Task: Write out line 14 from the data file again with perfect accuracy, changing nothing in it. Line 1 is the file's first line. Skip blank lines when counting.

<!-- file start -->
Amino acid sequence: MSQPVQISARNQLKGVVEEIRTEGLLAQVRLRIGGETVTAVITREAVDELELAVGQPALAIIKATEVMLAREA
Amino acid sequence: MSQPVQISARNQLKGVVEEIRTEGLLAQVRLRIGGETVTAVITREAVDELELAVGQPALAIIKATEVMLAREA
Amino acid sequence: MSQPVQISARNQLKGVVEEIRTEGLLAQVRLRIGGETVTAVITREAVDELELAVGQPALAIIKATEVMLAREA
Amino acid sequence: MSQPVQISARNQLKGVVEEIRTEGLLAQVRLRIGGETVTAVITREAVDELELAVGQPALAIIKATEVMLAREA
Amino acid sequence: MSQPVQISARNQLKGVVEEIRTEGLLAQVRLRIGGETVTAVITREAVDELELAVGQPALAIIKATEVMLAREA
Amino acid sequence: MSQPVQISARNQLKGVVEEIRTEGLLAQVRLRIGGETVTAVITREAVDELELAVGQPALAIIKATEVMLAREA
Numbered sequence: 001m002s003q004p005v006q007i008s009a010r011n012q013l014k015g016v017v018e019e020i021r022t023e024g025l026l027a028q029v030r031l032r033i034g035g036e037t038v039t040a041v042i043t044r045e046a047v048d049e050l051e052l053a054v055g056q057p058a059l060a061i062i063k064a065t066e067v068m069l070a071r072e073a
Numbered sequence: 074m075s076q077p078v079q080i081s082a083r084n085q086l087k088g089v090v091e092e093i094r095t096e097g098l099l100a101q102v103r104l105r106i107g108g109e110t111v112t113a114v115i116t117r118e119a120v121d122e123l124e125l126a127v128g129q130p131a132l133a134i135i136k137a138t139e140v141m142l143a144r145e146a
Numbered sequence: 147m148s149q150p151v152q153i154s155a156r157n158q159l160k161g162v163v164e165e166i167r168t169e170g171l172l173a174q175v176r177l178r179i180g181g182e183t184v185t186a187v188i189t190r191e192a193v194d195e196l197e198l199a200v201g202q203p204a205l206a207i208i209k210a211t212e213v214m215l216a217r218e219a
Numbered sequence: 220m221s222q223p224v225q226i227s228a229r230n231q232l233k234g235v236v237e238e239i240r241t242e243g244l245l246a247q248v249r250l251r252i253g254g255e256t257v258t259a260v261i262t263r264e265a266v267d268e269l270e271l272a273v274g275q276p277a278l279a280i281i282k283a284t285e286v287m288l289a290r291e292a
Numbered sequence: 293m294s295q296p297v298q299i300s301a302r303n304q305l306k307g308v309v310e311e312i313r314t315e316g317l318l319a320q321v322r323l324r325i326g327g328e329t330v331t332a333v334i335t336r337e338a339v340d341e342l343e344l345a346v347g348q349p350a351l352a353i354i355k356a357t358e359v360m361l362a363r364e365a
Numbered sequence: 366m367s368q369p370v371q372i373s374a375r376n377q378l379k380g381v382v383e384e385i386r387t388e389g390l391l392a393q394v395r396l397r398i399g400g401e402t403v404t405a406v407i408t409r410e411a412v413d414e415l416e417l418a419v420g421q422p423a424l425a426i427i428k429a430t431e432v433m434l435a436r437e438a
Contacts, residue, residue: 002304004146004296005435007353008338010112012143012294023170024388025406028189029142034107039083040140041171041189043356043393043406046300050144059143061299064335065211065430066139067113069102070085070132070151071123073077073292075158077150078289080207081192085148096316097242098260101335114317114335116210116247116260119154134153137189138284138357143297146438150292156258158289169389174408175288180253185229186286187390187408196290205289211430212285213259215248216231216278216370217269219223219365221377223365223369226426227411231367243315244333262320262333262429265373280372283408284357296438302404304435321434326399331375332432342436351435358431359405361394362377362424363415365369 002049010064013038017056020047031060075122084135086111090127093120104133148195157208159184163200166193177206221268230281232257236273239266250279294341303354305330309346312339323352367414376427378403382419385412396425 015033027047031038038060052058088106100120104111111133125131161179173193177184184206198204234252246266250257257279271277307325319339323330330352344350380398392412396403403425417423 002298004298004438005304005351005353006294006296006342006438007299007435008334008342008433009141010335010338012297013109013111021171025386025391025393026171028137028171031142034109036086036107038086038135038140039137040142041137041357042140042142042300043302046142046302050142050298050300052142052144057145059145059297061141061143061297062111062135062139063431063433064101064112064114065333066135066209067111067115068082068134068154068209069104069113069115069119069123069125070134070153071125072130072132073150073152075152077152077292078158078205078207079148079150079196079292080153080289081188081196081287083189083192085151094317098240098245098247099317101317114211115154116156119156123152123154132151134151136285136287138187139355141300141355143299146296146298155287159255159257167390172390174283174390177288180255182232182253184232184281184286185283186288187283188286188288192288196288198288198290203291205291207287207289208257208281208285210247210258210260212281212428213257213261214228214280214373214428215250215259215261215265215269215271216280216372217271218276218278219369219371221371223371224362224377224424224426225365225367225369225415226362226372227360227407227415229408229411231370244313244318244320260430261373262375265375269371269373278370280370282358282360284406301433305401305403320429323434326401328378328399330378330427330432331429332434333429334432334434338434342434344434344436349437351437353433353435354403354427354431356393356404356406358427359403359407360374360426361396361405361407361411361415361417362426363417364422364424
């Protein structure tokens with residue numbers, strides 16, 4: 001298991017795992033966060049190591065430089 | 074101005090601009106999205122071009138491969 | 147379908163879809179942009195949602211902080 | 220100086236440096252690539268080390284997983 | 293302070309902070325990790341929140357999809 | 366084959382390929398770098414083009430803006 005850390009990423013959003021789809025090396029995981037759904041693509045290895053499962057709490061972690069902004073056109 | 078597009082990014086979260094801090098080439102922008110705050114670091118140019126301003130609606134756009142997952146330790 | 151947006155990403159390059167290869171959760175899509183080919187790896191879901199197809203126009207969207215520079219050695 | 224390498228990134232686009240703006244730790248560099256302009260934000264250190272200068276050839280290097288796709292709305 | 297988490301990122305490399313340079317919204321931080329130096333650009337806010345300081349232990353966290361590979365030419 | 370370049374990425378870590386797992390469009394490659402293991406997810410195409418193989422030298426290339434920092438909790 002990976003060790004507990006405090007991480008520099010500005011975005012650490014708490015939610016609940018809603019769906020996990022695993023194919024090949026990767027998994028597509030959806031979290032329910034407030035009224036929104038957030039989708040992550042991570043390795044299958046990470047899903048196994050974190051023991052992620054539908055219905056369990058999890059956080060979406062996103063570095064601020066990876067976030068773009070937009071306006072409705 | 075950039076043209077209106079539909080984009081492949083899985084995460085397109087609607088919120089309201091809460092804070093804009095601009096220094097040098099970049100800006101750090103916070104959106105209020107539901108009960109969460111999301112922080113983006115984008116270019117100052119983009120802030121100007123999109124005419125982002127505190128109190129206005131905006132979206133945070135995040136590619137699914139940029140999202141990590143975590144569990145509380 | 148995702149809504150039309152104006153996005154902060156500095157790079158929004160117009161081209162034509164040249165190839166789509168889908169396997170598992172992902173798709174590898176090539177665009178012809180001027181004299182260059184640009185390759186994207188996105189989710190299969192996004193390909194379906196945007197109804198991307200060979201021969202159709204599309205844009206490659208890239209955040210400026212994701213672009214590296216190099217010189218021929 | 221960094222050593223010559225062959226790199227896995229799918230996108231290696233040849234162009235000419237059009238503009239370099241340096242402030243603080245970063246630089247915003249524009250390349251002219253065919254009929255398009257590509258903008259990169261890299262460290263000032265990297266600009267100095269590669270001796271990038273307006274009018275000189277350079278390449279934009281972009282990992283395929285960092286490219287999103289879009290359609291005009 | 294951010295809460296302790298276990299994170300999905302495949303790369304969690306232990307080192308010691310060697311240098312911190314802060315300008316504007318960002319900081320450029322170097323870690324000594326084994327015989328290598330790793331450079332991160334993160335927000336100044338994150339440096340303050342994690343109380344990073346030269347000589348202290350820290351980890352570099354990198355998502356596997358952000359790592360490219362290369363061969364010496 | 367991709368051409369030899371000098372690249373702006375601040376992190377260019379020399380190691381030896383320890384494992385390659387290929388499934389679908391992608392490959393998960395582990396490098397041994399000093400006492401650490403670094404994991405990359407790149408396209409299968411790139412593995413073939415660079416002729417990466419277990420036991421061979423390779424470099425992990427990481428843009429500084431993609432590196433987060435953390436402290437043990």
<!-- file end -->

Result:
């Protein structure tokens with residue numbers, strides 16, 4: 001298991017795992033966060049190591065430089 | 074101005090601009106999205122071009138491969 | 147379908163879809179942009195949602211902080 | 220100086236440096252690539268080390284997983 | 293302070309902070325990790341929140357999809 | 366084959382390929398770098414083009430803006 005850390009990423013959003021789809025090396029995981037759904041693509045290895053499962057709490061972690069902004073056109 | 078597009082990014086979260094801090098080439102922008110705050114670091118140019126301003130609606134756009142997952146330790 | 151947006155990403159390059167290869171959760175899509183080919187790896191879901199197809203126009207969207215520079219050695 | 224390498228990134232686009240703006244730790248560099256302009260934000264250190272200068276050839280290097288796709292709305 | 297988490301990122305490399313340079317919204321931080329130096333650009337806010345300081349232990353966290361590979365030419 | 370370049374990425378870590386797992390469009394490659402293991406997810410195409418193989422030298426290339434920092438909790 002990976003060790004507990006405090007991480008520099010500005011975005012650490014708490015939610016609940018809603019769906020996990022695993023194919024090949026990767027998994028597509030959806031979290032329910034407030035009224036929104038957030039989708040992550042991570043390795044299958046990470047899903048196994050974190051023991052992620054539908055219905056369990058999890059956080060979406062996103063570095064601020066990876067976030068773009070937009071306006072409705 | 075950039076043209077209106079539909080984009081492949083899985084995460085397109087609607088919120089309201091809460092804070093804009095601009096220094097040098099970049100800006101750090103916070104959106105209020107539901108009960109969460111999301112922080113983006115984008116270019117100052119983009120802030121100007123999109124005419125982002127505190128109190129206005131905006132979206133945070135995040136590619137699914139940029140999202141990590143975590144569990145509380 | 148995702149809504150039309152104006153996005154902060156500095157790079158929004160117009161081209162034509164040249165190839166789509168889908169396997170598992172992902173798709174590898176090539177665009178012809180001027181004299182260059184640009185390759186994207188996105189989710190299969192996004193390909194379906196945007197109804198991307200060979201021969202159709204599309205844009206490659208890239209955040210400026212994701213672009214590296216190099217010189218021929 | 221960094222050593223010559225062959226790199227896995229799918230996108231290696233040849234162009235000419237059009238503009239370099241340096242402030243603080245970063246630089247915003249524009250390349251002219253065919254009929255398009257590509258903008259990169261890299262460290263000032265990297266600009267100095269590669270001796271990038273307006274009018275000189277350079278390449279934009281972009282990992283395929285960092286490219287999103289879009290359609291005009 | 294951010295809460296302790298276990299994170300999905302495949303790369304969690306232990307080192308010691310060697311240098312911190314802060315300008316504007318960002319900081320450029322170097323870690324000594326084994327015989328290598330790793331450079332991160334993160335927000336100044338994150339440096340303050342994690343109380344990073346030269347000589348202290350820290351980890352570099354990198355998502356596997358952000359790592360490219362290369363061969364010496 | 367991709368051409369030899371000098372690249373702006375601040376992190377260019379020399380190691381030896383320890384494992385390659387290929388499934389679908391992608392490959393998960395582990396490098397041994399000093400006492401650490403670094404994991405990359407790149408396209409299968411790139412593995413073939415660079416002729417990466419277990420036991421061979423390779424470099425992990427990481428843009429500084431993609432590196433987060435953390436402290437043990």